In turn, Suleiman would have answered: “They’re stuck in the mud. We will have to go on without them. With this many troops we can rely on shock and awe and won’t need the big cannons.”

In the ensuing weeks, although the heavier-than-normal rains continued, Suleiman’s huge army was perhaps encouraged by their rapid victories against lightly garrisoned Hapsburg strongholds. The mud continued to exact a heavy toll on the men and animals alike, but all in all, the shock and awe plan was going swell.


Circular Map of Vienna, 1529 public domain, wikimedia commons

Circular Map of Vienna, 1529
public domain, wikimedia commons


All that shock and awe did not go unnoticed by the folks in Vienna.

The locals were not looking forward to life under Ottoman rule, so they responded enthusiastically to Vienna’s new “if it walks on two feet, it’s a soldier” draft policy.

The Viennese were short on trained troops, but they had plenty of mud. They used it well. Since word of the Ottoman campaign had reached them in May, they had spent the spring and summer reinforcing both their outer town walls and the inner defenses of the cathedral area. By September, German heavy infantry and elite Spanish musketeers had arrived to reinforce the city. The experienced German general, Count Nicholas of Salm, was in overall command of Vienna’s 20,000+ strong defense forces.

On September 27, Suleiman’s army reached Vienna.

Many of his troops had died of sickness and exhaustion on the trip. We can take an educated guess that he had about 70,000 troops healthy enough for combat and siege operations, and he had no heavy cannon.

Suleiman sent emissaries with an ultimatum. Vienna could surrender and receive mercy, or he would take the city by force and kill every last inhabitant, including the children. Vienna refused to surrender. I’m guessing that about now, Suleiman’s Imams were leading daily prayers for an end to the rain.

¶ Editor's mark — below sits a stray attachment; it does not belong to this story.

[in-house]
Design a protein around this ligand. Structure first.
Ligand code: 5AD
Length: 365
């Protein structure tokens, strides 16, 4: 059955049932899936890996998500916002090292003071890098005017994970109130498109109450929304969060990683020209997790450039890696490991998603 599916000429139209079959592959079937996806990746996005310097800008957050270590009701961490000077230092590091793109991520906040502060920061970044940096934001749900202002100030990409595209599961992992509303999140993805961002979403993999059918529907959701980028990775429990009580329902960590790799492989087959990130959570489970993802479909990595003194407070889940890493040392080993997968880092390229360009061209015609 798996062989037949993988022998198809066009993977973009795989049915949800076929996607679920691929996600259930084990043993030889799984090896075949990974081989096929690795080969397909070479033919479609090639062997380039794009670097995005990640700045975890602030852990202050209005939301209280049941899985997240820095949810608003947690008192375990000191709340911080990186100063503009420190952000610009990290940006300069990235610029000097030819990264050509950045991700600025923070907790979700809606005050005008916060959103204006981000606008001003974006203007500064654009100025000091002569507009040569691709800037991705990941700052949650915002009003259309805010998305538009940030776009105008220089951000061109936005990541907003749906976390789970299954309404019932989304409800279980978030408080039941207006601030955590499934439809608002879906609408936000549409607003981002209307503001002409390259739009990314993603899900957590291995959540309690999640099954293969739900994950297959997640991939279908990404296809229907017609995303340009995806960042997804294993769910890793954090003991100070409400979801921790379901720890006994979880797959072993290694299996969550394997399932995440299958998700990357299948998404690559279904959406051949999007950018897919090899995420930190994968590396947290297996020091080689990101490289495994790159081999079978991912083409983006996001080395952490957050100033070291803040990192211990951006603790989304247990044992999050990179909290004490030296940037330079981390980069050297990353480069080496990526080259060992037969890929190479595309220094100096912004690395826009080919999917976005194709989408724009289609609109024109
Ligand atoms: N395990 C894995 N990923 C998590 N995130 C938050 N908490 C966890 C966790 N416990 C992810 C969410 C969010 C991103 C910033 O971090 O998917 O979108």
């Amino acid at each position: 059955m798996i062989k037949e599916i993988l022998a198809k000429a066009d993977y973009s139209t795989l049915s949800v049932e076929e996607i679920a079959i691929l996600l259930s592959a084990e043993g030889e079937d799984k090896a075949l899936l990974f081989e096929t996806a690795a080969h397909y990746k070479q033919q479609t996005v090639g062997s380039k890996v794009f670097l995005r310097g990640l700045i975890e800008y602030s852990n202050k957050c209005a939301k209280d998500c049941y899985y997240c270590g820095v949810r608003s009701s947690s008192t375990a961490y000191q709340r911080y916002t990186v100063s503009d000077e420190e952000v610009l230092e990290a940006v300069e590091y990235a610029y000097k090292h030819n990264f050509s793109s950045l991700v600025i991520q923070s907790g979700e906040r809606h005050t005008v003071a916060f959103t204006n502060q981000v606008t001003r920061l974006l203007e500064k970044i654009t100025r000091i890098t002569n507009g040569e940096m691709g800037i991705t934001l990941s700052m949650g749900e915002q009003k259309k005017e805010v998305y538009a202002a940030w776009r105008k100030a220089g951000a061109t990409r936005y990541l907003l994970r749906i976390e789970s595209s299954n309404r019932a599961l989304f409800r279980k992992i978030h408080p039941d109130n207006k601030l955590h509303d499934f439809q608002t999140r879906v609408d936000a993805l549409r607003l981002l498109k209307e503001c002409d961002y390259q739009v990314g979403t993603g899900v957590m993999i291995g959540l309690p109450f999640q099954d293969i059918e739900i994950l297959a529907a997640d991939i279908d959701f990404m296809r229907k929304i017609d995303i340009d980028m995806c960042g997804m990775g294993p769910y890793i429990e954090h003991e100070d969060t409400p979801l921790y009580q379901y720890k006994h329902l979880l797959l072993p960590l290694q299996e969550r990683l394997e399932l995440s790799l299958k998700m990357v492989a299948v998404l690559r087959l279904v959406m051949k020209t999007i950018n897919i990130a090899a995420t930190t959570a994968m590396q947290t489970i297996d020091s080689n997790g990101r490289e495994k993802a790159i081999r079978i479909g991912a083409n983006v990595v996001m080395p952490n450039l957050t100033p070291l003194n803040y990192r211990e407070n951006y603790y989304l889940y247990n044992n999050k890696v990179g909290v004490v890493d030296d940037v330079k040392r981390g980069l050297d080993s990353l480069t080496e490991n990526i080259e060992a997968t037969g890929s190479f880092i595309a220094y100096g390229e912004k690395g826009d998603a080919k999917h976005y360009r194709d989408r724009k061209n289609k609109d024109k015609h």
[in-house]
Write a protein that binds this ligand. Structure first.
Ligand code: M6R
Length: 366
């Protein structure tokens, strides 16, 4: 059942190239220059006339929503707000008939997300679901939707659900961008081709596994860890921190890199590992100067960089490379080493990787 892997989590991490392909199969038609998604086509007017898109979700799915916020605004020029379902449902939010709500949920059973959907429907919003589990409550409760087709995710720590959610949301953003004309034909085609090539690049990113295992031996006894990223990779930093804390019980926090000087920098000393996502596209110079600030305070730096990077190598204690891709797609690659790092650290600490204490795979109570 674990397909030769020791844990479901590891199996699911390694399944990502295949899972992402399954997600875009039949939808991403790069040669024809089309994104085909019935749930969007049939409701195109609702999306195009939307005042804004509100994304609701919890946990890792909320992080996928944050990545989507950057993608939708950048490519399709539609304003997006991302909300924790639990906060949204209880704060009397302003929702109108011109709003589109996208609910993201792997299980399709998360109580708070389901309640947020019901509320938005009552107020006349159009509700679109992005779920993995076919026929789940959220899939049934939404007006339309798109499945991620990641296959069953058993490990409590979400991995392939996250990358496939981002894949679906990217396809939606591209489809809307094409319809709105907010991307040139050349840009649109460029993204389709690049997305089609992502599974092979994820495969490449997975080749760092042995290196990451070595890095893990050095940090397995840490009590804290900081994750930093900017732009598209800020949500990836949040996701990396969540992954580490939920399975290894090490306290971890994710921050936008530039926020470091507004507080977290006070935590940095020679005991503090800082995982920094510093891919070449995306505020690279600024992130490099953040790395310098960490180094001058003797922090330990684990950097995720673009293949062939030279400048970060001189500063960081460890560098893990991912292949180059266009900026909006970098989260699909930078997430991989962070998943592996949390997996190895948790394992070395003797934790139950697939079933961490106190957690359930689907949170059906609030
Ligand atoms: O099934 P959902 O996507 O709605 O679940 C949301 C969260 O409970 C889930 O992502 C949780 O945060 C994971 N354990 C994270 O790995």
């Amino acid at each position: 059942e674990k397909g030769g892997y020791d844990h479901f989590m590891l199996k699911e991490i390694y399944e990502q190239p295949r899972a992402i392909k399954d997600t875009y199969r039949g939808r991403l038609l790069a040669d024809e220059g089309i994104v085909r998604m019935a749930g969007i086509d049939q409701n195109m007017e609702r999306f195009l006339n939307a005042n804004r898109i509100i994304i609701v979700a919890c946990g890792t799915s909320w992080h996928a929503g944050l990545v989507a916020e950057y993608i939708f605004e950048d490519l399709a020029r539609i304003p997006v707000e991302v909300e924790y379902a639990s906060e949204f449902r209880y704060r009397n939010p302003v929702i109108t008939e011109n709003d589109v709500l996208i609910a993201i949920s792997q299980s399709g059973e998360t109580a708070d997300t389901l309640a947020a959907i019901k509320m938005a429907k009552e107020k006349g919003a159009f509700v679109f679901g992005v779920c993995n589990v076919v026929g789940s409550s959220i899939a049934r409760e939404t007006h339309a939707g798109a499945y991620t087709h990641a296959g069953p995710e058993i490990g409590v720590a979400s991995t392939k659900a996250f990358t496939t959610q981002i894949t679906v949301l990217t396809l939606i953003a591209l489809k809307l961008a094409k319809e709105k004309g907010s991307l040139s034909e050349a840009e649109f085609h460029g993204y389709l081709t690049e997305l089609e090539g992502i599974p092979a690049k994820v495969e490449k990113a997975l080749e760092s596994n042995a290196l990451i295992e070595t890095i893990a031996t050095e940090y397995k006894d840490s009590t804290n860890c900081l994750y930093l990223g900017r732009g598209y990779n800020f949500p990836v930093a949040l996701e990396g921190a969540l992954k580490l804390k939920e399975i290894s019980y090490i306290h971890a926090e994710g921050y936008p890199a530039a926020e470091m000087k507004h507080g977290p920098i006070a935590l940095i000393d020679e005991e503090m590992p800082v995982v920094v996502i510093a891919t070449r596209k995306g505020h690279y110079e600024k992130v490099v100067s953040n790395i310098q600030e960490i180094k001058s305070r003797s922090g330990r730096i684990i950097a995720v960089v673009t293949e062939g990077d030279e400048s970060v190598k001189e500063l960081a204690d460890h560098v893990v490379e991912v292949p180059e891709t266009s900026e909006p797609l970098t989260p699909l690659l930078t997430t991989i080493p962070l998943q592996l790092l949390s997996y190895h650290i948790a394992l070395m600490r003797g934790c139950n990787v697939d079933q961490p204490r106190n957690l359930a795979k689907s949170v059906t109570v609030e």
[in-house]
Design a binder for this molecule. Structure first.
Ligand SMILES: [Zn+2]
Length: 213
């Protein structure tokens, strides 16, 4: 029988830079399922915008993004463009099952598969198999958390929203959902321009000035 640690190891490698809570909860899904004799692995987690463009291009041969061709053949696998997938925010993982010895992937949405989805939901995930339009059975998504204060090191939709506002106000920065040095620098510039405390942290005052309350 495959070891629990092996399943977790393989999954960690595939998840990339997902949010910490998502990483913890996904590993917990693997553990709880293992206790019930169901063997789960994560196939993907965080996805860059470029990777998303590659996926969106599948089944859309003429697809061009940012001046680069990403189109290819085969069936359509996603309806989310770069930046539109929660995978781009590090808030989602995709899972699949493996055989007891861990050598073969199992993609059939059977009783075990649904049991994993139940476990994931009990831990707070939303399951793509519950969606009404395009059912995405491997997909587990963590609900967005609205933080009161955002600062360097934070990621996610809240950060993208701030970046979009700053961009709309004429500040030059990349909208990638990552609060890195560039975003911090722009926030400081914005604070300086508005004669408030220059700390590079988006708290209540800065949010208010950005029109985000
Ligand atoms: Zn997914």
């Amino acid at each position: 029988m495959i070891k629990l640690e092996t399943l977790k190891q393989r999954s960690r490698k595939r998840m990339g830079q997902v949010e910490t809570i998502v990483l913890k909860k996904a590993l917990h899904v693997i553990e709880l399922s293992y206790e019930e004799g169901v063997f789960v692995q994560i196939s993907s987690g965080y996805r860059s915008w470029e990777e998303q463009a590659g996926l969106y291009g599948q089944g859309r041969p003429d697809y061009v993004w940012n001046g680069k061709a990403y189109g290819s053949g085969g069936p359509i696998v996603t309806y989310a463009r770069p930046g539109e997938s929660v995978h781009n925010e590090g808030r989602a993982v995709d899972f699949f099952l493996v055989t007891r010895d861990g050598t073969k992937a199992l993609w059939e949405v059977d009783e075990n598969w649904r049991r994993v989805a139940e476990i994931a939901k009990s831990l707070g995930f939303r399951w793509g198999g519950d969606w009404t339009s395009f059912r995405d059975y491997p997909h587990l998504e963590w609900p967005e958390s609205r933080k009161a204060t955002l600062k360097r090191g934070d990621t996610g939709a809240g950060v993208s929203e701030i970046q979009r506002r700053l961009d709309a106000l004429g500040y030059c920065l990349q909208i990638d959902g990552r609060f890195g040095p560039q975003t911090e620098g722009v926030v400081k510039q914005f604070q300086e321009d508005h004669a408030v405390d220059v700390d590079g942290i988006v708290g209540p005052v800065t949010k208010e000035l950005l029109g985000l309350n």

Suleiman began bombarding Vienna, but his light artillery did almost no damage to the newly reinforced walls of the city. His troops began mining operations to go underneath the walls, but the rains continued in record fashion. The deluge slowed the mining attempts, and the defensive forces watched the Ottomans carefully from the relative comfort of the well-supplied city. Whenever the jihad mining gangs looked vulnerable, the Viennese conducted quick raids against them with their well-fed well-rested troops. Suleiman’s Jihad Spring Road Trip was turning into an Autumn Disaster.

By October 12, disease, exhaustion, desertion, and dwindling food supplies caused Suleiman to hold a war council.

They decided to make one last ditch attempt at storming the walls of Vienna. Suleiman’s Hail Mary charge against the walls of Vienna failed. The Ottomans began to retreat.


The Siege of Vienna, 1529 Painting by Pieter Snayers public domain, wikimedia commons

The Siege of Vienna, 1529
Painting by Pieter Snayers
public domain, wikimedia commons


Their prayers for an end to the rain were finally answered. The rain was replaced by unseasonably heavy snows. For the Viennese, the battle was over. The Ottomans now faced a new enemy. They had to conduct a long retreat with a sick army through heavy snows.

The net effect of Suleiman’s campaign of 1529 was similar to the ISIS campaign of 2014. In 1529, the Hapsburgs vowed to never again underestimate the reach of the Ottoman armies. Then, as now, there were long debates on how to fend off Islamic jihadists at the lowest cost. In 1529, the Catholic Church and various European kingdoms followed a strategy of “let’s all encourage the Hapsburgs to save us from the Ottomans.”

Suleiman’s defeat at the gates of Vienna in 1529 was not the last attempt by the Ottomans to take Vienna, but that’s a story for next week.